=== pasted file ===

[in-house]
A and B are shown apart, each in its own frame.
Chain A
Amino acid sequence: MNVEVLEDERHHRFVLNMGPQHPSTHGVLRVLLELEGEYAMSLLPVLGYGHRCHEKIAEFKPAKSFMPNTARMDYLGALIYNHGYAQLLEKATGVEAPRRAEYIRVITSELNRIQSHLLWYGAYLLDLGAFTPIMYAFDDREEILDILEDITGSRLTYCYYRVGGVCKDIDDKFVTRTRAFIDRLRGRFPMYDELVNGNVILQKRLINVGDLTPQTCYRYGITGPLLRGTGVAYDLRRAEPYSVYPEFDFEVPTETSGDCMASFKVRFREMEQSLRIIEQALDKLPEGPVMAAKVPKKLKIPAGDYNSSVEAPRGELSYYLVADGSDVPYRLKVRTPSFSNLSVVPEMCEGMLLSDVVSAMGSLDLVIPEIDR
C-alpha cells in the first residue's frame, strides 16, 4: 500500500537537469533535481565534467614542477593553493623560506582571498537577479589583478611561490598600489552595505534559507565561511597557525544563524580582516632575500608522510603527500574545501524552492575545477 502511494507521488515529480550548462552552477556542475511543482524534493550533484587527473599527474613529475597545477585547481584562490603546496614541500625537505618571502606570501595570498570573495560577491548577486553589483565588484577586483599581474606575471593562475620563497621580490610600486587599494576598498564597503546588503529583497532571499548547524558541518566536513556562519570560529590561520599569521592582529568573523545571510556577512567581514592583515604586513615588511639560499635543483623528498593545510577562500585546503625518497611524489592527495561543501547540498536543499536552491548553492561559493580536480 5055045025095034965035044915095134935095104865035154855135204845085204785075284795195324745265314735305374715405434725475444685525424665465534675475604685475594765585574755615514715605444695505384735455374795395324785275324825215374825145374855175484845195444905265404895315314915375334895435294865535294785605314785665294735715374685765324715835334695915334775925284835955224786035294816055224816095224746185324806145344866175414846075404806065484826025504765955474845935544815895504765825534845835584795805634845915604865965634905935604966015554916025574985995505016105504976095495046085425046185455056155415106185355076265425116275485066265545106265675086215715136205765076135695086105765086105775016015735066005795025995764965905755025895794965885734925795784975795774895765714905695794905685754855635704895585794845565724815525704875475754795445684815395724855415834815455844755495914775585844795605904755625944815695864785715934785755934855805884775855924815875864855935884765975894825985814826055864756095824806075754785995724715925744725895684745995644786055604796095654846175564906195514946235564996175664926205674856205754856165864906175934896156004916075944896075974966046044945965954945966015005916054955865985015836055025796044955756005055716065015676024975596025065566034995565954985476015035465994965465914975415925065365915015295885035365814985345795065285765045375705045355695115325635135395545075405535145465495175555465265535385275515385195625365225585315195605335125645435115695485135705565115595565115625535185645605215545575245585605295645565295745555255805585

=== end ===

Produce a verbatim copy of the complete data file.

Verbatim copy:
[in-house]
A and B are shown apart, each in its own frame.
Chain A
Amino acid sequence: MNVEVLEDERHHRFVLNMGPQHPSTHGVLRVLLELEGEYAMSLLPVLGYGHRCHEKIAEFKPAKSFMPNTARMDYLGALIYNHGYAQLLEKATGVEAPRRAEYIRVITSELNRIQSHLLWYGAYLLDLGAFTPIMYAFDDREEILDILEDITGSRLTYCYYRVGGVCKDIDDKFVTRTRAFIDRLRGRFPMYDELVNGNVILQKRLINVGDLTPQTCYRYGITGPLLRGTGVAYDLRRAEPYSVYPEFDFEVPTETSGDCMASFKVRFREMEQSLRIIEQALDKLPEGPVMAAKVPKKLKIPAGDYNSSVEAPRGELSYYLVADGSDVPYRLKVRTPSFSNLSVVPEMCEGMLLSDVVSAMGSLDLVIPEIDR
C-alpha cells in the first residue's frame, strides 16, 4: 500500500537537469533535481565534467614542477593553493623560506582571498537577479589583478611561490598600489552595505534559507565561511597557525544563524580582516632575500608522510603527500574545501524552492575545477 502511494507521488515529480550548462552552477556542475511543482524534493550533484587527473599527474613529475597545477585547481584562490603546496614541500625537505618571502606570501595570498570573495560577491548577486553589483565588484577586483599581474606575471593562475620563497621580490610600486587599494576598498564597503546588503529583497532571499548547524558541518566536513556562519570560529590561520599569521592582529568573523545571510556577512567581514592583515604586513615588511639560499635543483623528498593545510577562500585546503625518497611524489592527495561543501547540498536543499536552491548553492561559493580536480 5055045025095034965035044915095134935095104865035154855135204845085204785075284795195324745265314735305374715405434725475444685525424665465534675475604685475594765585574755615514715605444695505384735455374795395324785275324825215374825145374855175484845195444905265404895315314915375334895435294865535294785605314785665294735715374685765324715835334695915334775925284835955224786035294816055224816095224746185324806145344866175414846075404806065484826025504765955474845935544815895504765825534845835584795805634845915604865965634905935604966015554916025574985995505016105504976095495046085425046185455056155415106185355076265425116275485066265545106265675086215715136205765076135695086105765086105775016015735066005795025995764965905755025895794965885734925795784975795774895765714905695794905685754855635704895585794845565724815525704875475754795445684815395724855415834815455844755495914775585844795605904755625944815695864785715934785755934855805884775855924815875864855935884765975894825985814826055864756095824806075754785995724715925744725895684745995644786055604796095654846175564906195514946235564996175664926205674856205754856165864906175934896156004916075944896075974966046044945965954945966015005916054955865985015836055025796044955756005055716065015676024975596025065566034995565954985476015035465994965465914975415925065365915015295885035365814985345795065285765045375705045355695115325635135395545075405535145465495175555465265535385275515385195625365225585315195605335125645435115695485135705565115595565115625535185645605215545575245585605295645565295745555255805585